Gardening for Life!

Become a Member


More on Garlic Varieties

Garlic isn't just garlic. The local grocery store usually just sells one variety.  But, there are many kinds of garlic differing in size, color, shape, taste, number of cloves per bulb, pungency and storability - altered over time by careful (or accidental) selection and changing growing conditions, such as soil fertility, rainfall, temperature, altitude, length and severity of winter, etc. as they spread across Asia and Europe. Apparently all of the hundreds of sub-varieties (separate cultivars) of garlic grown all over the world came from ten basic groups described here. The vast majority of the varieties in The Calgary Horticultural Society Garlic Exchange are hardnecks.

The three Purple Striped varieties are true hardneck garlic and the ancestor of all the other garlic types developed. They have vivid purple streaks on both bulb wrappers & clove skins, and tall slender crescent shaped cloves. They are also very flavorful. Most strains have more cloves per bulb than Rocambole. All 3 purple stripe types have a sweet rich flavor, and even make a great table centerpiece.  Some purple striped garlics also produce a large number of bulbils and are capable of producing true seed.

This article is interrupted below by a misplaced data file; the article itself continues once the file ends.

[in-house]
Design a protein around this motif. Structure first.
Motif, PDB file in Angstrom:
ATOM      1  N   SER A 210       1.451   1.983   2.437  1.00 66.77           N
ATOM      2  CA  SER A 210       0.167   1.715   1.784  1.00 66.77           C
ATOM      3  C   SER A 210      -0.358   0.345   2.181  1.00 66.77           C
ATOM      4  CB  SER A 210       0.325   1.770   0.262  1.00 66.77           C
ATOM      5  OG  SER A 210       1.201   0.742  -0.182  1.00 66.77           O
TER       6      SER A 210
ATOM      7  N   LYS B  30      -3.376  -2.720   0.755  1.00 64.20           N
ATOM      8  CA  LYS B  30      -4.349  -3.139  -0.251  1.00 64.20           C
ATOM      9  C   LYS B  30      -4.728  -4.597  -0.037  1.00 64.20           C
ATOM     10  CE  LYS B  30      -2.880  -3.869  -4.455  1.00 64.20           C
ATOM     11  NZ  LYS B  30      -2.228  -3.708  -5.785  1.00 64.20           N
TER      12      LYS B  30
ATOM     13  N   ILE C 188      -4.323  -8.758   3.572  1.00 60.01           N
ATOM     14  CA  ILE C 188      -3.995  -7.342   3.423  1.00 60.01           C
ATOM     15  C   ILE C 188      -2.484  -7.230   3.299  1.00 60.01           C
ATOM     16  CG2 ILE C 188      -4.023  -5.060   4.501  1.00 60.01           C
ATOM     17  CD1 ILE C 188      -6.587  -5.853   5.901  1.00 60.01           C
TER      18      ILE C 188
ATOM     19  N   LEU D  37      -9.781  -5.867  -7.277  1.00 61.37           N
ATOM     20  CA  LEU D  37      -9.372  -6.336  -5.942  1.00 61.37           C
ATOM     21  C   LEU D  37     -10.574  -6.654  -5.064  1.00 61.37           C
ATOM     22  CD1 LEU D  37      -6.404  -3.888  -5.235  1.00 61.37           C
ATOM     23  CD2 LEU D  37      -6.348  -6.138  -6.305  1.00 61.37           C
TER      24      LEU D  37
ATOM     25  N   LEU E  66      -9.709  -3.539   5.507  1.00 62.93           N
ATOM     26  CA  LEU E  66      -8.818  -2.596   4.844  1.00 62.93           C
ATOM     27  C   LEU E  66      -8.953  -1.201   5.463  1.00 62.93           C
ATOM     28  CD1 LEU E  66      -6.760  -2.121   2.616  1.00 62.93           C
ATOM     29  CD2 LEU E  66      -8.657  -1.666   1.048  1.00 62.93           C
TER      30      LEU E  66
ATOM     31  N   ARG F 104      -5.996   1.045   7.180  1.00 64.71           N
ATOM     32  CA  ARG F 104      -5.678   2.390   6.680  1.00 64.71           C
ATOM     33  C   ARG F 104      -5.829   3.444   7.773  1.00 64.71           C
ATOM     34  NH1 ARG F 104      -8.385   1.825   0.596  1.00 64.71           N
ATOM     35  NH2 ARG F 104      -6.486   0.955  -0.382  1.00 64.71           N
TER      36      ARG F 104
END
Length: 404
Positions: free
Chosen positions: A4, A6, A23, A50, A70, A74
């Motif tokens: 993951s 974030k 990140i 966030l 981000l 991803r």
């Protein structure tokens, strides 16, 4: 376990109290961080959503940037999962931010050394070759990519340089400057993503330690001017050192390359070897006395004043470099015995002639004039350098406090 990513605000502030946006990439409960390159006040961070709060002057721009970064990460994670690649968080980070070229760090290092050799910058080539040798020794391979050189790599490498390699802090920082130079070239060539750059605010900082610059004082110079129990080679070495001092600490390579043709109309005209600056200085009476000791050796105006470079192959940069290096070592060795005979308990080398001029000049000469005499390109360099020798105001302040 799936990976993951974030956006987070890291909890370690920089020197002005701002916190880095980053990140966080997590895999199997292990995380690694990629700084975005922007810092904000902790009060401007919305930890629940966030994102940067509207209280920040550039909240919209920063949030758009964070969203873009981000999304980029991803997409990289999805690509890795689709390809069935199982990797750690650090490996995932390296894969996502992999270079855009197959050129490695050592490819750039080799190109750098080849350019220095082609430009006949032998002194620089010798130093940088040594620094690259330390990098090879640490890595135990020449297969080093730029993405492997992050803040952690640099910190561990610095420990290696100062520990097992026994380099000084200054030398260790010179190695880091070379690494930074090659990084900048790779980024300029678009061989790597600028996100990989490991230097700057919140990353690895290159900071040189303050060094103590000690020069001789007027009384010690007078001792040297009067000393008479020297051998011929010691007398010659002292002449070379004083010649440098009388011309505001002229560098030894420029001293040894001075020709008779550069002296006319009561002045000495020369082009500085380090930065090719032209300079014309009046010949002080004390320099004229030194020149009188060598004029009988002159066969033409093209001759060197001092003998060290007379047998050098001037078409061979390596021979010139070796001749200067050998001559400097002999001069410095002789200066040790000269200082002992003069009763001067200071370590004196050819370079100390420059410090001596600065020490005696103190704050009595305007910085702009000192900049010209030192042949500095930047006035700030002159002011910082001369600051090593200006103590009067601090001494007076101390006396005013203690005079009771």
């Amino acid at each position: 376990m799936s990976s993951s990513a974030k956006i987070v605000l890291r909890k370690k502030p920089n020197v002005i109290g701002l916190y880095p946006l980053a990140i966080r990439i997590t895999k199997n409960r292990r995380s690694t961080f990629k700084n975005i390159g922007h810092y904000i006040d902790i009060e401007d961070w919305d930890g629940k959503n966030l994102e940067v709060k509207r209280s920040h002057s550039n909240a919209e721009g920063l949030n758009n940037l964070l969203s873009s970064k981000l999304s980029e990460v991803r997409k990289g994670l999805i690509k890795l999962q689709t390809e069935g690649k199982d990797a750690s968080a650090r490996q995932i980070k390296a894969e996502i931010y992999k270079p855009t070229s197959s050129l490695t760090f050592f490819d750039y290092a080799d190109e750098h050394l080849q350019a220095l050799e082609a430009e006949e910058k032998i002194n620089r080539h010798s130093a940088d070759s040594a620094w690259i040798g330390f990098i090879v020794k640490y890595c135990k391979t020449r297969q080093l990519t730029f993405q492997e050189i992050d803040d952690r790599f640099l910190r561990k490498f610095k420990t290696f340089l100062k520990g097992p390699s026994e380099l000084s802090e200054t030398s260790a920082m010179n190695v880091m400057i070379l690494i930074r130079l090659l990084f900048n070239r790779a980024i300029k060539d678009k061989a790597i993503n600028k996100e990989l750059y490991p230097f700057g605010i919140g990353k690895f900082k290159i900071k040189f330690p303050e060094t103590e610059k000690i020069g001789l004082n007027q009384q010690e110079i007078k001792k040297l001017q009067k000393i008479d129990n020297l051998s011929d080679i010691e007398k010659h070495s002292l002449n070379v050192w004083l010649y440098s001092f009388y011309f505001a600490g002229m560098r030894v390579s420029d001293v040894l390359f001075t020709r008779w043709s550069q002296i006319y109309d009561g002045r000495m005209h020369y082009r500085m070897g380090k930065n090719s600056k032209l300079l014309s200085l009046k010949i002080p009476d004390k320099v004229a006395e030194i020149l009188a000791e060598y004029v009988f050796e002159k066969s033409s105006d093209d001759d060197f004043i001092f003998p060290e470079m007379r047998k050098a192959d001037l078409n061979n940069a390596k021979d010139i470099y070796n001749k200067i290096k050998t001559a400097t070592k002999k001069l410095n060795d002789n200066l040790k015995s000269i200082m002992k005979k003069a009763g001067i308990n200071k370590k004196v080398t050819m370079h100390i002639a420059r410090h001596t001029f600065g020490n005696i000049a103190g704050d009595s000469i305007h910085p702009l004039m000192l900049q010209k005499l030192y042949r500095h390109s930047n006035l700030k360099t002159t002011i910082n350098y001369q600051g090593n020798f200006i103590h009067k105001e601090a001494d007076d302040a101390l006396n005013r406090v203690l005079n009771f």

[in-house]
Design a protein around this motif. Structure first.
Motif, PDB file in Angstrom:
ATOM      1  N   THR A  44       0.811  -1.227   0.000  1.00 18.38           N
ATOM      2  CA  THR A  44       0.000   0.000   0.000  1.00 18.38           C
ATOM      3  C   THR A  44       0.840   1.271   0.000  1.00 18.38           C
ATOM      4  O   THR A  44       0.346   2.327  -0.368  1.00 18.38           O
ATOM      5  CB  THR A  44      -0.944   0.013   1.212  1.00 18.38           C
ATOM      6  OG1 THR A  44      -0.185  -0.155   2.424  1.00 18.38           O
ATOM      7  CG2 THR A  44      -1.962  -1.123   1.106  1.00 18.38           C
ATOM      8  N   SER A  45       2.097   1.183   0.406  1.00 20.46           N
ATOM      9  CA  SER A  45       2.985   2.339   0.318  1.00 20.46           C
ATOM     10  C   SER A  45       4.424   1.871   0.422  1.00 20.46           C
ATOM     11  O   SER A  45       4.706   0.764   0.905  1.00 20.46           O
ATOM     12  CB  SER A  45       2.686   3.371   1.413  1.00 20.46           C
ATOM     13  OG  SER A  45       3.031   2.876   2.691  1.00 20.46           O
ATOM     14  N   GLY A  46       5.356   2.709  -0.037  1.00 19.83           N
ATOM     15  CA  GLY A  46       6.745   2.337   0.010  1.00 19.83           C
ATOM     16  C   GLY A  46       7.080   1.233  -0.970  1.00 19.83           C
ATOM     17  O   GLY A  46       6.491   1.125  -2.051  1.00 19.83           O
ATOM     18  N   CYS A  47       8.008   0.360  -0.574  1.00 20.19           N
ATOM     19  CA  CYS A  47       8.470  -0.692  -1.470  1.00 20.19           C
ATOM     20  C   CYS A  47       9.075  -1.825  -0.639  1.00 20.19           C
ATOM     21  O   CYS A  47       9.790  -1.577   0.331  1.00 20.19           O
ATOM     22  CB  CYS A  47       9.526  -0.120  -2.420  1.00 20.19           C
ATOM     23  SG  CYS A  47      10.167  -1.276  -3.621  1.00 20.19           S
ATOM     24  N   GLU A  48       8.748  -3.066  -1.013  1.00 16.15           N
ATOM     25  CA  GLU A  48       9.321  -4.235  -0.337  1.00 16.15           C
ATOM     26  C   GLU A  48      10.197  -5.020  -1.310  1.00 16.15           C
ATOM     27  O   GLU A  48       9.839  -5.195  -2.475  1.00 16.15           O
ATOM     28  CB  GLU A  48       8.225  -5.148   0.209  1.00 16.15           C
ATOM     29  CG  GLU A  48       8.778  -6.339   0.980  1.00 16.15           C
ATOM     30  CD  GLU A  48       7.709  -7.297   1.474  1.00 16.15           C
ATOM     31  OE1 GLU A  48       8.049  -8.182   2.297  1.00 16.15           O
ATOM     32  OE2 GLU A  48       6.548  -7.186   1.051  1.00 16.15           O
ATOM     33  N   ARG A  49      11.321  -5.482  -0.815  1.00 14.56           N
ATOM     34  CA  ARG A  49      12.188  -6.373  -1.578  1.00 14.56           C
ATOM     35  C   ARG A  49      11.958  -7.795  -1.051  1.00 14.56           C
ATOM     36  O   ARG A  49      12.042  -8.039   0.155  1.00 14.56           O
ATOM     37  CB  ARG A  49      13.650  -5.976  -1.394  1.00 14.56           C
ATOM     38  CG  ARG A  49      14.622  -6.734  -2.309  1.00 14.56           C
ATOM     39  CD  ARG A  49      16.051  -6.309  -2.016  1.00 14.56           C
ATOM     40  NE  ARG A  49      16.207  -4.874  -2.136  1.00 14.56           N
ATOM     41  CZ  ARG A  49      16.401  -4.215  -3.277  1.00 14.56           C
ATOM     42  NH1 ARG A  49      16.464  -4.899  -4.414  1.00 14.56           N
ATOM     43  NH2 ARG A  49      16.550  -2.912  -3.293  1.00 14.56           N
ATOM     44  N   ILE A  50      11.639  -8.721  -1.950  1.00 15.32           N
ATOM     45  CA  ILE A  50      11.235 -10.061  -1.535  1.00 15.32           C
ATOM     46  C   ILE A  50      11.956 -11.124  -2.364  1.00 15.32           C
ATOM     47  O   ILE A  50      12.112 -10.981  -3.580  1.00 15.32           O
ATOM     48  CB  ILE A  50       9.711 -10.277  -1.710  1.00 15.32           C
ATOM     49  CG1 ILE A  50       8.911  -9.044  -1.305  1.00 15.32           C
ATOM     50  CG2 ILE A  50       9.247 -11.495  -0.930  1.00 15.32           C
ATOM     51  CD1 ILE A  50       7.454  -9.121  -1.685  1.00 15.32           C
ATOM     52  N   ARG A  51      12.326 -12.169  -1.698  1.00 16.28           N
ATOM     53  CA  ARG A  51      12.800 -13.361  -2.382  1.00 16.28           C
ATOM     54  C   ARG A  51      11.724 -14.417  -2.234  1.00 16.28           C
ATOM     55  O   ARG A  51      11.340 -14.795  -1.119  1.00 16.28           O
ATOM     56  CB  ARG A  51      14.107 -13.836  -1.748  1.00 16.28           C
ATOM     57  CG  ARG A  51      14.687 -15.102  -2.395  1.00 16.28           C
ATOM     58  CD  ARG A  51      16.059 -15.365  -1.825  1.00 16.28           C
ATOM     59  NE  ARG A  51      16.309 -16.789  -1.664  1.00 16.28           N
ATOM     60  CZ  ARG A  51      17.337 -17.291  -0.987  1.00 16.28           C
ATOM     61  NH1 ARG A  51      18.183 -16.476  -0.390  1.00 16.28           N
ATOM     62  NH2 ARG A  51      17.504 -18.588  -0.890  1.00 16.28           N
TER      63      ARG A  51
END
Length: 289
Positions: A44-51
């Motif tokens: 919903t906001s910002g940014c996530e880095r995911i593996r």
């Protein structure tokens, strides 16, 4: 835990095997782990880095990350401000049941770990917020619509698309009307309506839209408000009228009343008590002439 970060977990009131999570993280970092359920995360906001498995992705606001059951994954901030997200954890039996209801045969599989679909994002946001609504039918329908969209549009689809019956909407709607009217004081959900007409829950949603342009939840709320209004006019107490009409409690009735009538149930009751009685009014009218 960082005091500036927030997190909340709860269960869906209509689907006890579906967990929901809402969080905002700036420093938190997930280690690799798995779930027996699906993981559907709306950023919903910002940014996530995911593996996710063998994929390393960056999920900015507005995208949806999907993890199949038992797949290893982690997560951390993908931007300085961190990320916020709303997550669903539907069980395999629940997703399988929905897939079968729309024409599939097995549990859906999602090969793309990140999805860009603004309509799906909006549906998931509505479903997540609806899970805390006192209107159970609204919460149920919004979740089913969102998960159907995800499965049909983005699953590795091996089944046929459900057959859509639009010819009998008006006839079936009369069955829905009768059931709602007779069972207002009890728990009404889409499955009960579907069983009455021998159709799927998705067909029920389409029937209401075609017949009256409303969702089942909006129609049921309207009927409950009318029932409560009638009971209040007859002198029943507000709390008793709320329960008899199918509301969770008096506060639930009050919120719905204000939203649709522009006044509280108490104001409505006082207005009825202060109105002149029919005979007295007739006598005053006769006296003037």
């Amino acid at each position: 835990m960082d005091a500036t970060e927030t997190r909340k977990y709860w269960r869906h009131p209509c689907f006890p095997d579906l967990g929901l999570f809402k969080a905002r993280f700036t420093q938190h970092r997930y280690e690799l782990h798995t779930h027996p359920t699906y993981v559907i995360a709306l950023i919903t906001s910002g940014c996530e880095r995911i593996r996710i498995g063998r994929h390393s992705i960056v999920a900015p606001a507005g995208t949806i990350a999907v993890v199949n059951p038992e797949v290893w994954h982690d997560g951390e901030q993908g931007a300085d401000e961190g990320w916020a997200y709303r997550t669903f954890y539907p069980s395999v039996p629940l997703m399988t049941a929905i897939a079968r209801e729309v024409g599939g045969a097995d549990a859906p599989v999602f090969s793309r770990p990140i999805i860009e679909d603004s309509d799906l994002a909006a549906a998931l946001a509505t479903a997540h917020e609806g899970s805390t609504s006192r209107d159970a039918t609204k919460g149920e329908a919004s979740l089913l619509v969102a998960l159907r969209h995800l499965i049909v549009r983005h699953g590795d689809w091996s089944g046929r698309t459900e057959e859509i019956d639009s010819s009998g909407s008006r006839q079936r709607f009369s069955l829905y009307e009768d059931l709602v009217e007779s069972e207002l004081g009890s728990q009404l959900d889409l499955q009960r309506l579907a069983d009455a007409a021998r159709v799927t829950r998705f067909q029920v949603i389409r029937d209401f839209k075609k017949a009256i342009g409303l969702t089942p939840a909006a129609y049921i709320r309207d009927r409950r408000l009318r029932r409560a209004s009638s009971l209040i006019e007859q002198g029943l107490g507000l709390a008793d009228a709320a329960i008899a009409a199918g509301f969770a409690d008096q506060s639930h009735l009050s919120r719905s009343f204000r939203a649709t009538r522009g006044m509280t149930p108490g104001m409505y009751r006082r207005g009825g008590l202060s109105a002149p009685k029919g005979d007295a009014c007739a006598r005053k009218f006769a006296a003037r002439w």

[1]  Standard Purple Stripe generally have white outer bulb wrappers that become purple and vibrant in the inner layers. There are usually 8-12 tall pointy cloves per bulb. They store well and are easy to grow.



Other Information



Sturdy, tall plants mature 3-4 weeks earlier than mid-season varieties like Music.  Averages 6 cloves per bulb.


Early to mid

Teardrop-shaped bulbs with 6 to 10 cloves exhibiting hardy and smooth flavor (and a little bite when raw).


Early to mid

Six to eight cloves per bulb. Early maturing and great for roasting.

Persian Star